Cambridge scientists say they have developed a new type of wheat which could increase productivity by 30% offering greater yields. This new wheat has been bred from a wild grass species.
The National Institute of Agricultural Botany (NIAB) in based in Cambridge, has recreated the original rare cross between an ancient wheat and wild grass species that happened in the Middle East 10,000 years ago.
The result is a ‘synthetic’ wheat which, when crossed with modern UK varieties, could offer new sources of yield improvement, drought tolerance, disease resistance and input use efficiency.
The synthetic wheat programme involves crossing durum pasta wheat with wild goat-grass using traditional crossing techniques in the glasshouse combined with tissue culture in the research laboratory to guarantee seed germination. The process required no genetic modification of the crops.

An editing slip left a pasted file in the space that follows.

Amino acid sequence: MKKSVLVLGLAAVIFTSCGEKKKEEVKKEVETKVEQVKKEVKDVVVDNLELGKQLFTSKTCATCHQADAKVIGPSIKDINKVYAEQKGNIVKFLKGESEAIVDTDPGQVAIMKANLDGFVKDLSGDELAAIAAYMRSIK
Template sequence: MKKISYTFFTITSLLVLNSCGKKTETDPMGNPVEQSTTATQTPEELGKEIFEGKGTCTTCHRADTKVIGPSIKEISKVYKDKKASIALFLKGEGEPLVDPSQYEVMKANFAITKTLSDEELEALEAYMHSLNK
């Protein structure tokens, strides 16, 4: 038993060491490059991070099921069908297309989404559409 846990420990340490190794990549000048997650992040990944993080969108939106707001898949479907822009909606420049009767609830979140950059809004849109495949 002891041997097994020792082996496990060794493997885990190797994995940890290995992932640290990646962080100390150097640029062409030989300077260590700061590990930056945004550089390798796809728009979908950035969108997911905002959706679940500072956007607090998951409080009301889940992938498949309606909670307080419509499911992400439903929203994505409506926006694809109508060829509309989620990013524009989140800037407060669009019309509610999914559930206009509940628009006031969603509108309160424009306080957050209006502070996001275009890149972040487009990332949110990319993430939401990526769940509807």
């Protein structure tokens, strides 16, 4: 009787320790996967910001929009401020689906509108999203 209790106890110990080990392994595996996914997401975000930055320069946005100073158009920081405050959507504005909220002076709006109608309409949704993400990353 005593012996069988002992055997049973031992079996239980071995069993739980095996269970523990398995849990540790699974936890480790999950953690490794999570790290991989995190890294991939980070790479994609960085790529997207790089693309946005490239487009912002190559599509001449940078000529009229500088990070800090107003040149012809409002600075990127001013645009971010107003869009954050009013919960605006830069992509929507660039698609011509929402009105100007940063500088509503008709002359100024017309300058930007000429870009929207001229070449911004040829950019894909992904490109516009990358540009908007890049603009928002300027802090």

The resulting hybrid plants produce the ‘synthetic’ seed which is then used in crossing programmes with current varieties.
“The plan is to use this material in screening experiments to provide breeders with material adapted to the challenges of the future, with restrictions on pesticides and fertilisers coupled with projected climate change, with varieties on-farm by 2019 at the earliest,” says Dr Howell.
Over the next 50 years the world needs to grow more wheat than has been produced in the 10,000 years since agriculture began. But wheat yields are showing signs of reaching a plateau; the national average UK wheat yield on-farm has stalled at around 8t/ha for the past 12 years.
“The original ancient cross has, so far, provided the genetic basis for all today’s modern wheat varieties. Over the years, domestication of the wheat plant has increased yields, but recently those increases have slowed leading to concerns for future food security” says NIAB CEO Dr Tina Barsby.
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